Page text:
Saturday, December 25, 2010
It's 3:15 am and the three week old baby wakes me with cries that are impossible to be ignored. I carry the angry lump of flesh to the rocking Lazy-Boy in the living room and bear my breast. I look towards the front porch light shining through the semi-circle window in the front door and will myself in the now-quiet to not forget what this feels like. My offspring small in my arms, milk rushing in answer to infant cry, nature taking over. I close my eyes and try to memorize the feel of it in my stomach and my lungs and knees.
I'm rocking now and humming a made-up tune, and my mind has wandered and I'm already not paying attention. I'm so tired. When I lift my small daughter to burp, she strikes the pose; you know the one. Every newborn does it: the head lolling back slightly with fists to the ears, elbows in the air by her temples. Her little arched back pushes a miniature diapered hiney out, legs drawn up. Her eyes are closed and a lazy half smile accompanies the trickle of milk that never got swallowed that spills over her cheek. I think in yoga it's called "Satisfied Infant." All three of mine did it, and it always made me giggle. I used to say they were drunk on breast milk.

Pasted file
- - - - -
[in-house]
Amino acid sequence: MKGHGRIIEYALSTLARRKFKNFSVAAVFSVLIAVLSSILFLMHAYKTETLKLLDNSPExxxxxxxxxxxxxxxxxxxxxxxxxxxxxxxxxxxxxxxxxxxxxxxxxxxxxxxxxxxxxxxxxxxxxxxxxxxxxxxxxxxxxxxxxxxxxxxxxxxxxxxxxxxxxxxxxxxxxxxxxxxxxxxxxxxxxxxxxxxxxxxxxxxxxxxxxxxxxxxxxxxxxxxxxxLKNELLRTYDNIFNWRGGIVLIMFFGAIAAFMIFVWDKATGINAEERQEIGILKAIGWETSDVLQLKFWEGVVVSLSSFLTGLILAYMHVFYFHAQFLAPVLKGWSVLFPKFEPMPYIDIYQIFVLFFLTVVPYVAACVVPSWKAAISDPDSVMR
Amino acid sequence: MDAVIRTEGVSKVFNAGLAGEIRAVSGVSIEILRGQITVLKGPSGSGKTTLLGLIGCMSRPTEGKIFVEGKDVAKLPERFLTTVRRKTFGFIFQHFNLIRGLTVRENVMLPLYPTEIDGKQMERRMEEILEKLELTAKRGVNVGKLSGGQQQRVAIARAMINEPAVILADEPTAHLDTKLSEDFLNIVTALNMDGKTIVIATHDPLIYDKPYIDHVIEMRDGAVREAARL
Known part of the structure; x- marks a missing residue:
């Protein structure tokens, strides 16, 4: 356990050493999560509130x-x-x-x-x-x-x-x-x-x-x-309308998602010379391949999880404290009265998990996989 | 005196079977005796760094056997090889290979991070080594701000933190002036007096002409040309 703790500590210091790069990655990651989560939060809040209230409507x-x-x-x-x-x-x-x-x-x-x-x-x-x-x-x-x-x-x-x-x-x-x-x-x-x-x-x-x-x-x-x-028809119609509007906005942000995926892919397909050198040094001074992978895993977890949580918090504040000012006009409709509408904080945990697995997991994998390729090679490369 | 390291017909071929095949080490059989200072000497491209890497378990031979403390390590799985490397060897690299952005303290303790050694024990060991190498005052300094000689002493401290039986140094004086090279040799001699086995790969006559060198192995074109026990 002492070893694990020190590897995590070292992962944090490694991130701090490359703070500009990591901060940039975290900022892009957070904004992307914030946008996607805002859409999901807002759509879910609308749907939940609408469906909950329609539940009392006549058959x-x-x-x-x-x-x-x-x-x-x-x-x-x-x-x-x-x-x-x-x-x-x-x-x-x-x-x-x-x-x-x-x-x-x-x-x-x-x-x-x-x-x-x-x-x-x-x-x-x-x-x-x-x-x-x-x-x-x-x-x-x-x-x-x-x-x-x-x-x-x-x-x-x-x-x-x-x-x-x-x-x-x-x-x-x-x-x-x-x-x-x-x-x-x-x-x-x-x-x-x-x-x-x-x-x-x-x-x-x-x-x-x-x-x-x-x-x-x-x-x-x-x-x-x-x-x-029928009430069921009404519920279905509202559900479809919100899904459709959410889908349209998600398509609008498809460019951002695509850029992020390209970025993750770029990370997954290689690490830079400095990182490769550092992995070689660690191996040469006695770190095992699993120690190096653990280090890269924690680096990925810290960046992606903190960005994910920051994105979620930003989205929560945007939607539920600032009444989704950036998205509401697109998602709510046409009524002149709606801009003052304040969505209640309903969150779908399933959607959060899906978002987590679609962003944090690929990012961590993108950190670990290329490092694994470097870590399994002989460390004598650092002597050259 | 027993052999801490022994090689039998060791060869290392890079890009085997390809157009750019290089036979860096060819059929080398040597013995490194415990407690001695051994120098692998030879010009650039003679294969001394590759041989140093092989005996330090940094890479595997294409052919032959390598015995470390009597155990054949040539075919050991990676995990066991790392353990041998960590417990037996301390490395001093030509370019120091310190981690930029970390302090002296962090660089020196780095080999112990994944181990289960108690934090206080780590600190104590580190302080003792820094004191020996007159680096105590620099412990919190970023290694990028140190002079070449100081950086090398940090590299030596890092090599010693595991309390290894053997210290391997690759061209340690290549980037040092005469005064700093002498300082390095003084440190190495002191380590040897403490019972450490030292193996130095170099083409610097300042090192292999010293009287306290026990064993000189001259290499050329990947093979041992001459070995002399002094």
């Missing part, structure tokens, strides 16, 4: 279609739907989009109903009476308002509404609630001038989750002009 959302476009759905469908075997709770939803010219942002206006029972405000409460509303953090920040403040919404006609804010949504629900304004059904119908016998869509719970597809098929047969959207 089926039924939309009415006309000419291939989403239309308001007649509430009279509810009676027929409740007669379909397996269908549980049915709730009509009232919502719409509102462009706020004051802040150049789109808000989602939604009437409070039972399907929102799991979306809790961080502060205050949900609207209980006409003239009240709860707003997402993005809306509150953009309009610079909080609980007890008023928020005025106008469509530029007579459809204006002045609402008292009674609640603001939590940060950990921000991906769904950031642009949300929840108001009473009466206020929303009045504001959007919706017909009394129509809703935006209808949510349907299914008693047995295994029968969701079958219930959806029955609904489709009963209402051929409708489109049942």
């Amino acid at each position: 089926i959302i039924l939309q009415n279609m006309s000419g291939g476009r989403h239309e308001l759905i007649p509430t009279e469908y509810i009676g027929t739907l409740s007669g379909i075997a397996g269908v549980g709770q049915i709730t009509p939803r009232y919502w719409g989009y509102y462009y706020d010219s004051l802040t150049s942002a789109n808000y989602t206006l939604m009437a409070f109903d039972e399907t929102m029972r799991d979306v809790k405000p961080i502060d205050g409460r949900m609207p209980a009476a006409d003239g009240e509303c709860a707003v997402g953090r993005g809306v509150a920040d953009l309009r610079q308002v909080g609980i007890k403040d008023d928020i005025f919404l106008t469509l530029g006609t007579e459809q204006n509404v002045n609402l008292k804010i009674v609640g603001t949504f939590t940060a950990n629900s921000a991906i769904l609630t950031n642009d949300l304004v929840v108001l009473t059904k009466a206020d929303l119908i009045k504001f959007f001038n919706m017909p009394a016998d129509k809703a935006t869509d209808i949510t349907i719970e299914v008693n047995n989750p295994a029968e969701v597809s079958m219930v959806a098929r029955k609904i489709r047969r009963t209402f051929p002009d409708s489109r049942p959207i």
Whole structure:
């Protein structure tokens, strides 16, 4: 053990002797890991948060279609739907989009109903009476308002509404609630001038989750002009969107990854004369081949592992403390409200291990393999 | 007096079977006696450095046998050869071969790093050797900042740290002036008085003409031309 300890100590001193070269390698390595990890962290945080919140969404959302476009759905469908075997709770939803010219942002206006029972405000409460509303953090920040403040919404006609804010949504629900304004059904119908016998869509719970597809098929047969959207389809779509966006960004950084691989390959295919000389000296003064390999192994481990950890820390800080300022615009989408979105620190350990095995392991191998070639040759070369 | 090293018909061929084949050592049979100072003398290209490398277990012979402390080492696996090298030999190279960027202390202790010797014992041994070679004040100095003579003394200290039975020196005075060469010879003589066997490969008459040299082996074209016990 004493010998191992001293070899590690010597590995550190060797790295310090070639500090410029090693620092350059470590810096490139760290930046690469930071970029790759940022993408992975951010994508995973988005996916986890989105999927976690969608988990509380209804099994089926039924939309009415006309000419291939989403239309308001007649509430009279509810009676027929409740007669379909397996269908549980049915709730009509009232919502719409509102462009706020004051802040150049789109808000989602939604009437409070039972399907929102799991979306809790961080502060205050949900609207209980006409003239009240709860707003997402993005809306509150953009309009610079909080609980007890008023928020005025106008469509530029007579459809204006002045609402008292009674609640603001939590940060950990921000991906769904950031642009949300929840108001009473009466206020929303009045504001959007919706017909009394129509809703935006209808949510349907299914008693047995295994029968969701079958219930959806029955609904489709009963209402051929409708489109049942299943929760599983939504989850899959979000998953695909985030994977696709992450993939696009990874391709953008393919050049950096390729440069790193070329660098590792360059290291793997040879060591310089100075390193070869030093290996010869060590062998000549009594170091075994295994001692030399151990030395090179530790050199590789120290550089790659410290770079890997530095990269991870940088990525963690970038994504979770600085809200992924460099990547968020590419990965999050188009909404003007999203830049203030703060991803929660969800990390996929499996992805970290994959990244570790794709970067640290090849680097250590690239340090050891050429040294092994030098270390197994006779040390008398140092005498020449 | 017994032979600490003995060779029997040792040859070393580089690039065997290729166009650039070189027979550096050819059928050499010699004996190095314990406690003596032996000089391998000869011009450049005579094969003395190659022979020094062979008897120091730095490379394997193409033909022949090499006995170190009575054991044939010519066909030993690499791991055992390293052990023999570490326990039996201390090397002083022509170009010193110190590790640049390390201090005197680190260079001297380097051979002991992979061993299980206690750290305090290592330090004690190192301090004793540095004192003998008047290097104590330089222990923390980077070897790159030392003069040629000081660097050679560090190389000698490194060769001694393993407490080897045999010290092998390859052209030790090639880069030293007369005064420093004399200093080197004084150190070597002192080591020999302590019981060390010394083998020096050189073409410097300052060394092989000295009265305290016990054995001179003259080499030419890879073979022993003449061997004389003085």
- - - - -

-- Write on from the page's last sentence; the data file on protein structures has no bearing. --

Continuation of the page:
What a difference twenty minutes makes to the belly of a hungry infant.
I remember it all tonight, from the bathtub, wearily wiggling my aching toes in the warm water. After I filled the fridge with an absurd amount of leftovers, and put bags of discarded wrappings and trappings to the curb. The silver's now cradled again in its velvet chest, the dishwasher's humming, and I lean back into the water, with that same satisfied almost-grin. Downstairs there are random stacks of opened presents, and a counter of pie and cakes with missing pieces.
And I remember what it feels like in my stomach, my lungs, my knees to see a hungry infant satisfied. I remember the light shining into the darkness of my quiet three-o'clock-in-the-morning-living room. The Light shined again into my tired living room today on the same baby girl and Momma almost thirteen years later. Weightless in the water, I think back over today and giggle. I must be drunk on perfect Love come rushing down.
What a difference a Christmas Day makes in the soul a Savior-starved sinner.